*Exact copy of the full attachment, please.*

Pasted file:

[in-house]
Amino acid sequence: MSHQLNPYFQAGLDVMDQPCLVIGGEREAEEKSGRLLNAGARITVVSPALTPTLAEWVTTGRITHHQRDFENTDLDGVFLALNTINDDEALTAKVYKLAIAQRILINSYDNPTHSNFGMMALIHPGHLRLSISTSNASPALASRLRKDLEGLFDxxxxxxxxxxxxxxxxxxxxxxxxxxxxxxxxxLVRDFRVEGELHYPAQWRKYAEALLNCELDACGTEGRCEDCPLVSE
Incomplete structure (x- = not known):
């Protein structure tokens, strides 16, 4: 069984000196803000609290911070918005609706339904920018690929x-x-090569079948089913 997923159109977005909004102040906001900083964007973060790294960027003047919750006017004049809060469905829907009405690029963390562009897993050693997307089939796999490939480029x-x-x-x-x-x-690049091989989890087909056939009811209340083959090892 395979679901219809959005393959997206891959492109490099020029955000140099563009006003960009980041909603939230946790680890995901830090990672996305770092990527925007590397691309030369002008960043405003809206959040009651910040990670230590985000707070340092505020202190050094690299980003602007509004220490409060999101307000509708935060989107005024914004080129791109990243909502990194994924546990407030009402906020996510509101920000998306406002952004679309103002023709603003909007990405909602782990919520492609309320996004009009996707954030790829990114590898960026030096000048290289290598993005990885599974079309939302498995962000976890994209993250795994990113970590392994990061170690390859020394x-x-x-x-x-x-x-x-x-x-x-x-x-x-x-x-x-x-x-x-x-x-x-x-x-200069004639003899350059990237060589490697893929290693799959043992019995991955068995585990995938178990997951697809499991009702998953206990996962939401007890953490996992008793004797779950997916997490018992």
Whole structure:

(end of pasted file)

[in-house]
Amino acid sequence: MSHQLNPYFQAGLDVMDQPCLVIGGEREAEEKSGRLLNAGARITVVSPALTPTLAEWVTTGRITHHQRDFENTDLDGVFLALNTINDDEALTAKVYKLAIAQRILINSYDNPTHSNFGMMALIHPGHLRLSISTSNASPALASRLRKDLEGLFDxxxxxxxxxxxxxxxxxxxxxxxxxxxxxxxxxLVRDFRVEGELHYPAQWRKYAEALLNCELDACGTEGRCEDCPLVSE
Incomplete structure (x- = not known):
């Protein structure tokens, strides 16, 4: 069984000196803000609290911070918005609706339904920018690929x-x-090569079948089913 997923159109977005909004102040906001900083964007973060790294960027003047919750006017004049809060469905829907009405690029963390562009897993050693997307089939796999490939480029x-x-x-x-x-x-690049091989989890087909056939009811209340083959090892 395979679901219809959005393959997206891959492109490099020029955000140099563009006003960009980041909603939230946790680890995901830090990672996305770092990527925007590397691309030369002008960043405003809206959040009651910040990670230590985000707070340092505020202190050094690299980003602007509004220490409060999101307000509708935060989107005024914004080129791109990243909502990194994924546990407030009402906020996510509101920000998306406002952004679309103002023709603003909007990405909602782990919520492609309320996004009009996707954030790829990114590898960026030096000048290289290598993005990885599974079309939302498995962000976890994209993250795994990113970590392994990061170690390859020394x-x-x-x-x-x-x-x-x-x-x-x-x-x-x-x-x-x-x-x-x-x-x-x-x-200069004639003899350059990237060589490697893929290693799959043992019995991955068995585990995938178990997951697809499991009702998953206990996962939401007890953490996992008793004797779950997916997490018992």
Whole structure: